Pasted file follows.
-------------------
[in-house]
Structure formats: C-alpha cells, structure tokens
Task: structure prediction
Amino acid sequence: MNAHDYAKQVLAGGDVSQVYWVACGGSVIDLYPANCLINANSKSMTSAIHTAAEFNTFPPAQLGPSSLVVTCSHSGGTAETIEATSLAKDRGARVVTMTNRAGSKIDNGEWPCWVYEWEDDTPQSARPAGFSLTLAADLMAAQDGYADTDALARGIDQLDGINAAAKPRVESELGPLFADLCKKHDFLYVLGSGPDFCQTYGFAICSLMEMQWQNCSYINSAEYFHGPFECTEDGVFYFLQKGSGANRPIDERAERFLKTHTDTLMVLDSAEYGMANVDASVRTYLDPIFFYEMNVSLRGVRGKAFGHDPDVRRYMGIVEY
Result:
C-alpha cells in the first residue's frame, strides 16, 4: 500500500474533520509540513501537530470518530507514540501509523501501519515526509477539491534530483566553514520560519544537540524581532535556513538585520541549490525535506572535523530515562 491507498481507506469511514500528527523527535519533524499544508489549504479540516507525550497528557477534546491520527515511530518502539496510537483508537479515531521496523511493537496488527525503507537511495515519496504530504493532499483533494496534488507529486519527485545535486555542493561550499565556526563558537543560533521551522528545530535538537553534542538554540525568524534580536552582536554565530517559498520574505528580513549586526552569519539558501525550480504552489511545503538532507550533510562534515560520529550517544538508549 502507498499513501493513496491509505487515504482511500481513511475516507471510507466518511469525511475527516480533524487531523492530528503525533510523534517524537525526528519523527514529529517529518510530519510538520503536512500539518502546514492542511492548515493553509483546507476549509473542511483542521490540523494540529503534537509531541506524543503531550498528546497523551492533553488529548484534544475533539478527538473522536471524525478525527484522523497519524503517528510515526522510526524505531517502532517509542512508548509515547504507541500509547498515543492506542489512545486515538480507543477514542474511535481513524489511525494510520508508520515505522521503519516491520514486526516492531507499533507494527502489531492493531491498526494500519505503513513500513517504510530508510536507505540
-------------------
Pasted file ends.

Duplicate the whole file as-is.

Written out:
[in-house]
Structure formats: C-alpha cells, structure tokens
Task: structure prediction
Amino acid sequence: MNAHDYAKQVLAGGDVSQVYWVACGGSVIDLYPANCLINANSKSMTSAIHTAAEFNTFPPAQLGPSSLVVTCSHSGGTAETIEATSLAKDRGARVVTMTNRAGSKIDNGEWPCWVYEWEDDTPQSARPAGFSLTLAADLMAAQDGYADTDALARGIDQLDGINAAAKPRVESELGPLFADLCKKHDFLYVLGSGPDFCQTYGFAICSLMEMQWQNCSYINSAEYFHGPFECTEDGVFYFLQKGSGANRPIDERAERFLKTHTDTLMVLDSAEYGMANVDASVRTYLDPIFFYEMNVSLRGVRGKAFGHDPDVRRYMGIVEY
Result:
C-alpha cells in the first residue's frame, strides 16, 4: 500500500474533520509540513501537530470518530507514540501509523501501519515526509477539491534530483566553514520560519544537540524581532535556513538585520541549490525535506572535523530515562 491507498481507506469511514500528527523527535519533524499544508489549504479540516507525550497528557477534546491520527515511530518502539496510537483508537479515531521496523511493537496488527525503507537511495515519496504530504493532499483533494496534488507529486519527485545535486555542493561550499565556526563558537543560533521551522528545530535538537553534542538554540525568524534580536552582536554565530517559498520574505528580513549586526552569519539558501525550480504552489511545503538532507550533510562534515560520529550517544538508549 502507498499513501493513496491509505487515504482511500481513511475516507471510507466518511469525511475527516480533524487531523492530528503525533510523534517524537525526528519523527514529529517529518510530519510538520503536512500539518502546514492542511492548515493553509483546507476549509473542511483542521490540523494540529503534537509531541506524543503531550498528546497523551492533553488529548484534544475533539478527538473522536471524525478525527484522523497519524503517528510515526522510526524505531517502532517509542512508548509515547504507541500509547498515543492506542489512545486515538480507543477514542474511535481513524489511525494510520508508520515505522521503519516491520514486526516492531507499533507494527502489531492493531491498526494500519505503513513500513517504510530508510536507505540